In the communal mode, you can be responsible to the demands of a role (“being a good son”), but you cannot be responsible for your roles. At stage 3, you are in roles, but at stage 4 you have roles, which you can relate to each other. Not only can you prioritize them, you recognize that your responsibility for a particular role has particular limits; and you can enter and exit roles by choice. Systems honor boundaries and distinctions.

Stage 4 includes meeting formal responsibilities—that is, ones that are invented in order to make the system work, not ones that are biologically inherent. This is “professionalism,” which is the understanding that the systemic role relationship between two people is separate from the personal relationship between them (even though there always is also a personal relationship); and that the role relationship takes priority in most cases.

Equality, in the systematic mode, means procedural justice, based on respect for individual dignity. It does not mean that everyone’s feelings are taken into account (as in the communal mode). It means that the system treats people impartially, based on rights, responsibilities, principles, and procedures. It means that feelings and personal relationships are deliberately excluded from decisions about individuals. This protects the less powerful against the whims of the powerful, and against nepotistic (personal-relationship-based) favoritism.

Stage 4 ethics includes contributing to institutions by fulfilling your specific, defined, systemic duties. But at stage 4, one takes responsibility not merely for personal roles, or for the needs of people you are in relationship with, but for a whole social structure. Mastery of the mode means not only working congruently within a system, but the ability to create, or co-create, systems. (This starts to point even beyond 4, toward stage 5.) It includes the ability to enter and exit roles (not merely relationships) by choice, and to create roles for yourself (and others) based on the system’s needs. This mode recognizes that power, authority, and control are often positive contributions to society, and not always mere self-seeking. Effective institutional leadership is one way mastery of this stage can manifest.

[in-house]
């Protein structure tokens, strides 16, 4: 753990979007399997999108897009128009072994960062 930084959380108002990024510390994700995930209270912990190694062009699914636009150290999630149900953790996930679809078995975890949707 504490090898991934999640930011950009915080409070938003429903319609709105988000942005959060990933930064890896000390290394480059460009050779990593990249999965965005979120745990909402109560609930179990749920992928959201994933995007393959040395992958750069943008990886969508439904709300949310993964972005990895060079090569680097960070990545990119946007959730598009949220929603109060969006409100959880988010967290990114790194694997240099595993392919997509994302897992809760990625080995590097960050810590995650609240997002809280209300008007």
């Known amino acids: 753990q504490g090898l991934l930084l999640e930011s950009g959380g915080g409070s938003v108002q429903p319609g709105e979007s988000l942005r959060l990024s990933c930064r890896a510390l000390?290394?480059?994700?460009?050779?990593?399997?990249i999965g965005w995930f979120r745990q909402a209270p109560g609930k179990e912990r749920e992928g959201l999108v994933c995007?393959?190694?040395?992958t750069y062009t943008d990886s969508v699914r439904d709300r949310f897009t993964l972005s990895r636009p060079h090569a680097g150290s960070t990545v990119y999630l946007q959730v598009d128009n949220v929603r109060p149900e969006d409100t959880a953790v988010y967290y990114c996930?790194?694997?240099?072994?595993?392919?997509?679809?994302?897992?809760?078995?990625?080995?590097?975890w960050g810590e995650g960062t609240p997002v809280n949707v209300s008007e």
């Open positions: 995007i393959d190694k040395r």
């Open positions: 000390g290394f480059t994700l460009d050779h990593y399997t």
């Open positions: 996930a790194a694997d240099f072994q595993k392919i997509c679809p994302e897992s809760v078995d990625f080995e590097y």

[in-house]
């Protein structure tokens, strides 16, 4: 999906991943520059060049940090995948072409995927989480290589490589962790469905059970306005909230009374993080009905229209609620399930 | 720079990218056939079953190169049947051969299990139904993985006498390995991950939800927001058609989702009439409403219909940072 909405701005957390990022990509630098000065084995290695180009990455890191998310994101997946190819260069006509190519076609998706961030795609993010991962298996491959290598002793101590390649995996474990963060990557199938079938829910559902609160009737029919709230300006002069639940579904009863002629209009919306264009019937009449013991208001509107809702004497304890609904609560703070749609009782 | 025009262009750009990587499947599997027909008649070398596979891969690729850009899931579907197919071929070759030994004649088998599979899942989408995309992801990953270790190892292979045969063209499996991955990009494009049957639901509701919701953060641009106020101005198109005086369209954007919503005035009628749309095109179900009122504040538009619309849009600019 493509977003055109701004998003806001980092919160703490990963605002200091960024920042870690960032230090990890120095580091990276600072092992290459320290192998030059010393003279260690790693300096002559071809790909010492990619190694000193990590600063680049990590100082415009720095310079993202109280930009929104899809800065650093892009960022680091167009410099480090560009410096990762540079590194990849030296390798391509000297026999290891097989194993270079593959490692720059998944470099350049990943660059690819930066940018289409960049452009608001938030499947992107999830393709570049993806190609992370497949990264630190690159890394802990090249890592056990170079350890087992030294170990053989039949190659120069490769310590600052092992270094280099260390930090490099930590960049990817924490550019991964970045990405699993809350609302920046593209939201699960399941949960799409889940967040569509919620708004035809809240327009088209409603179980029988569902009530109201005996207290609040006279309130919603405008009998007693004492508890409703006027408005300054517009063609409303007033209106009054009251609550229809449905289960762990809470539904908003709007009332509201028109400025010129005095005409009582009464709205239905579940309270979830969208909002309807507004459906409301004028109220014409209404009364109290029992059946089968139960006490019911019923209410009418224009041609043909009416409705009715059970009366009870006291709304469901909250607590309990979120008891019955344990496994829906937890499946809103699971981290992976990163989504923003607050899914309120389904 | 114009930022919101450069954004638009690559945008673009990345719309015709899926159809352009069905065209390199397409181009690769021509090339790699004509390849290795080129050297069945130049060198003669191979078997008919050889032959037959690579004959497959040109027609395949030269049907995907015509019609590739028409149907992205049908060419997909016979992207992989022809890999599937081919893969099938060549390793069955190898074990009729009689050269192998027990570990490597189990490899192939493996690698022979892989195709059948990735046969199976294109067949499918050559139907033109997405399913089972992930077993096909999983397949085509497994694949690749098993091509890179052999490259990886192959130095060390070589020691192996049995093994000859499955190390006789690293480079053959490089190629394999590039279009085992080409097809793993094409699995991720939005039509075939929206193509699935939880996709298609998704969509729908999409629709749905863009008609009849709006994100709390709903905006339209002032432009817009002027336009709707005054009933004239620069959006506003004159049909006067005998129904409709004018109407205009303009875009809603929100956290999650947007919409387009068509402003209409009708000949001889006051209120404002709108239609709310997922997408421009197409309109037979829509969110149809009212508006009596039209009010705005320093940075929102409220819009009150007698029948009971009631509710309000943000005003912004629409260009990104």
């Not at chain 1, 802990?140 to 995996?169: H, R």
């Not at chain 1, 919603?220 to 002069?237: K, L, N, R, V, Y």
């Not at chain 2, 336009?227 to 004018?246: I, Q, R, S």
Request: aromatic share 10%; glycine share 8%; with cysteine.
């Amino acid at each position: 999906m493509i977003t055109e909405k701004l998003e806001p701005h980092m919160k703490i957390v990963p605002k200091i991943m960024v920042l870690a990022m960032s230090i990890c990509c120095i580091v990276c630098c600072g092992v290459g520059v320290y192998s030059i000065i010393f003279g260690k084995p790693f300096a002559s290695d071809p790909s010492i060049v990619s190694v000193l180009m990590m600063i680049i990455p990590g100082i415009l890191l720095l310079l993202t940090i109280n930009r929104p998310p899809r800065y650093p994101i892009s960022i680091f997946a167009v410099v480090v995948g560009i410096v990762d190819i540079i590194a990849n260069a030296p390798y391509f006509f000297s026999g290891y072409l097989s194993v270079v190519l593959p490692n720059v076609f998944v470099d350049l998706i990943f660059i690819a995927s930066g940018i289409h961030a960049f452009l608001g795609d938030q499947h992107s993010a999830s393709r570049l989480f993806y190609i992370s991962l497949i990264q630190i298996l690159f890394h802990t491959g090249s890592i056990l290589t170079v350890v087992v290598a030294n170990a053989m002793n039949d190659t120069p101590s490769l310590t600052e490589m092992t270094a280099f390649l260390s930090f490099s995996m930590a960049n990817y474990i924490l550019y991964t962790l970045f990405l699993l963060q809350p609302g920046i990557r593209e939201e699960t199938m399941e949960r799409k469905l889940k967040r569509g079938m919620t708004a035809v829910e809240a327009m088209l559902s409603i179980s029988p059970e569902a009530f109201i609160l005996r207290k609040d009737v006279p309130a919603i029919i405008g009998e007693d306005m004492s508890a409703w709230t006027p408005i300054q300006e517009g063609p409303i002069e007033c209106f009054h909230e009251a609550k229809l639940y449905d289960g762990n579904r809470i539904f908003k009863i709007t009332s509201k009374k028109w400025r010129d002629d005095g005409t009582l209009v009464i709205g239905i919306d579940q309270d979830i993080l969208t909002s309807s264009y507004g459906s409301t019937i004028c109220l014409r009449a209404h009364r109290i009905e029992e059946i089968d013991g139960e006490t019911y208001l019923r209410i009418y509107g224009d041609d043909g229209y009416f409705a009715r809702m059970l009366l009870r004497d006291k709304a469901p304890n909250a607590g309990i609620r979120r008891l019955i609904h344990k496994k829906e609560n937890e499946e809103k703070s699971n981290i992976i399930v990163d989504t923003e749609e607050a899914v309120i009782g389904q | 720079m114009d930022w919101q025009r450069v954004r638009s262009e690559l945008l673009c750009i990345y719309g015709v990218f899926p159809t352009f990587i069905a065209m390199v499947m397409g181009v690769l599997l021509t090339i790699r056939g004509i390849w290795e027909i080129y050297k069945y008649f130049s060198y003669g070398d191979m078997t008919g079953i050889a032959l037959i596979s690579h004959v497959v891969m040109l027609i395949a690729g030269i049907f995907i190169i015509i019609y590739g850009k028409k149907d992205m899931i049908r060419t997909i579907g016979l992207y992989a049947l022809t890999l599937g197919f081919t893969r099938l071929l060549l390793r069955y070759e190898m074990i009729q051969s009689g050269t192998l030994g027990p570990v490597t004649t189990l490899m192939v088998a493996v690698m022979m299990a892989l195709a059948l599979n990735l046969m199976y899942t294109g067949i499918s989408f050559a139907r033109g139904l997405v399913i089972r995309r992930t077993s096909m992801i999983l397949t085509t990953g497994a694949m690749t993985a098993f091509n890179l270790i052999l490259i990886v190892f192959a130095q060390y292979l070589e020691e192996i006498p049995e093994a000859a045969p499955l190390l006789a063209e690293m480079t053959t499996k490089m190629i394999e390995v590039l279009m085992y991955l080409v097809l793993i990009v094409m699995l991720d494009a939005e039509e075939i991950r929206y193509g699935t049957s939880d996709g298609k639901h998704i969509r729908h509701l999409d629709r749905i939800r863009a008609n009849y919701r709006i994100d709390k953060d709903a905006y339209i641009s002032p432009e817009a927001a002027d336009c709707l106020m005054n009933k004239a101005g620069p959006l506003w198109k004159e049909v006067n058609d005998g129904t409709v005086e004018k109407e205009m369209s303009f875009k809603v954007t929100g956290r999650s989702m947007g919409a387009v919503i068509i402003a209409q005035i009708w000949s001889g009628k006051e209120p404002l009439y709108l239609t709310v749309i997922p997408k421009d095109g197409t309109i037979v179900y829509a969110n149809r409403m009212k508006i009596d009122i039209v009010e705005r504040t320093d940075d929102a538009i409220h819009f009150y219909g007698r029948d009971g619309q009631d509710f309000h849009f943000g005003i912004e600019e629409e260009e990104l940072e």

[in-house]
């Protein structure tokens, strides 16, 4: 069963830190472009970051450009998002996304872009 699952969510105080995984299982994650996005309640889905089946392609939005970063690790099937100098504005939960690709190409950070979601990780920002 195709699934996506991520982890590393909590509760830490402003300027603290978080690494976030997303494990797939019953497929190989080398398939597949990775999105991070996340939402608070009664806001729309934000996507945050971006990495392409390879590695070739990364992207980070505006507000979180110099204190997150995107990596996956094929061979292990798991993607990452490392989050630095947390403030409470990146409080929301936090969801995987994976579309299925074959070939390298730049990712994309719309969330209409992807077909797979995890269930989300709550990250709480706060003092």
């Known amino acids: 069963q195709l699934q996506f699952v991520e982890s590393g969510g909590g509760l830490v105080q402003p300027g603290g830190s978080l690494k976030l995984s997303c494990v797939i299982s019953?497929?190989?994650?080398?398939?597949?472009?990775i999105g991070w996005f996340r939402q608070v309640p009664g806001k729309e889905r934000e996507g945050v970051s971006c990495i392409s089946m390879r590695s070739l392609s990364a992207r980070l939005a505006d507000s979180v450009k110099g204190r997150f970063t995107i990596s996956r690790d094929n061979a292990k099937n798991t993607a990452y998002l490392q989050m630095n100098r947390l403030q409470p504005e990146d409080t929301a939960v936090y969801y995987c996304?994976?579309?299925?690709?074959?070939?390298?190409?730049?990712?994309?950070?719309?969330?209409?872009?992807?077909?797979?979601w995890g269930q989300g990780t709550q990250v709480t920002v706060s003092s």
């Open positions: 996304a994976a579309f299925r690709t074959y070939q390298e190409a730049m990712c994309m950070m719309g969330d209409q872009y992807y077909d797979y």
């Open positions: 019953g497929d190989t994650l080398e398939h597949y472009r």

Systematic ethics takes for granted your good intentions toward others (which are the essence of communal ethics). The central issue, rather, is how to resolve conflicts between good intentions. A systematic ethics recommends doing so on the basis of some set of enduring principles, which are rational in the sense of forming a coherent ideology, or structure of justification. (Any coherent structure counts as stage 4; systematicity is a criterion on the form of the ethics, not its contents.)